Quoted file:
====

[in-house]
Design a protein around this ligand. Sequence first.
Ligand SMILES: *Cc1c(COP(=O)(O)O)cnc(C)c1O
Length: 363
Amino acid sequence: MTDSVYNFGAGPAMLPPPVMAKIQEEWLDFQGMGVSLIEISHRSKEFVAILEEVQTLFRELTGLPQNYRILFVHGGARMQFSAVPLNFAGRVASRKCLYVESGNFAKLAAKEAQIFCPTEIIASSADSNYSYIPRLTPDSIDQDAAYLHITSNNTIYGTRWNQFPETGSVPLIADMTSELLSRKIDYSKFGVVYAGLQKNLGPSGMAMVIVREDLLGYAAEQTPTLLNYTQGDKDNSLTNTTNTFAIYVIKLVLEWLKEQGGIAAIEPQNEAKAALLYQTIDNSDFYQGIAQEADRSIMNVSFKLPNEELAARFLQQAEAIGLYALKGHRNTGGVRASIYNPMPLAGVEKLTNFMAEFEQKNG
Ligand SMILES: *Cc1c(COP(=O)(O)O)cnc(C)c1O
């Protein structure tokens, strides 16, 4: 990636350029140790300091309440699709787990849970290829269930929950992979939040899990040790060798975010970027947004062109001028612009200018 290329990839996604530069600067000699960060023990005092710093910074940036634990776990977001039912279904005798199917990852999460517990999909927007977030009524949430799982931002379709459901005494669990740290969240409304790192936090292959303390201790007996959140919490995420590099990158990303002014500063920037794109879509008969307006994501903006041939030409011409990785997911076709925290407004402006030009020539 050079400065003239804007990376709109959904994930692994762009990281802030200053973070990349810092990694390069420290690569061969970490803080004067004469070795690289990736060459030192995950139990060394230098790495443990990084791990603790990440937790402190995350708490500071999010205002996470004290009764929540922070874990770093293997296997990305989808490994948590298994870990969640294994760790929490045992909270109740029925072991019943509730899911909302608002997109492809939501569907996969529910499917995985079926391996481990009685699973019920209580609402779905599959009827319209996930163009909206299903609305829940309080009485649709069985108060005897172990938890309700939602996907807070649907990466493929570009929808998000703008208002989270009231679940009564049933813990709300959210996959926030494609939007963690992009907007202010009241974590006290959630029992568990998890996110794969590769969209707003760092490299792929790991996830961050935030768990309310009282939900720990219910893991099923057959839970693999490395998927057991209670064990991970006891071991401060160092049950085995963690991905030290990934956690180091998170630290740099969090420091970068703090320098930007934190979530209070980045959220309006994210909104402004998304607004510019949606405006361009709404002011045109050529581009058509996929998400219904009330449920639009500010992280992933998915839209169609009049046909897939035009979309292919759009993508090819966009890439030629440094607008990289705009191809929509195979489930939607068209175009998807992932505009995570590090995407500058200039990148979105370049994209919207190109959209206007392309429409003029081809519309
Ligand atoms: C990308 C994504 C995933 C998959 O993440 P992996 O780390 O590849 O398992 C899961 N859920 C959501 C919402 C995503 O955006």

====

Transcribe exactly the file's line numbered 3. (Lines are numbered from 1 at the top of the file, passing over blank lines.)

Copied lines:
Ligand SMILES: *Cc1c(COP(=O)(O)O)cnc(C)c1O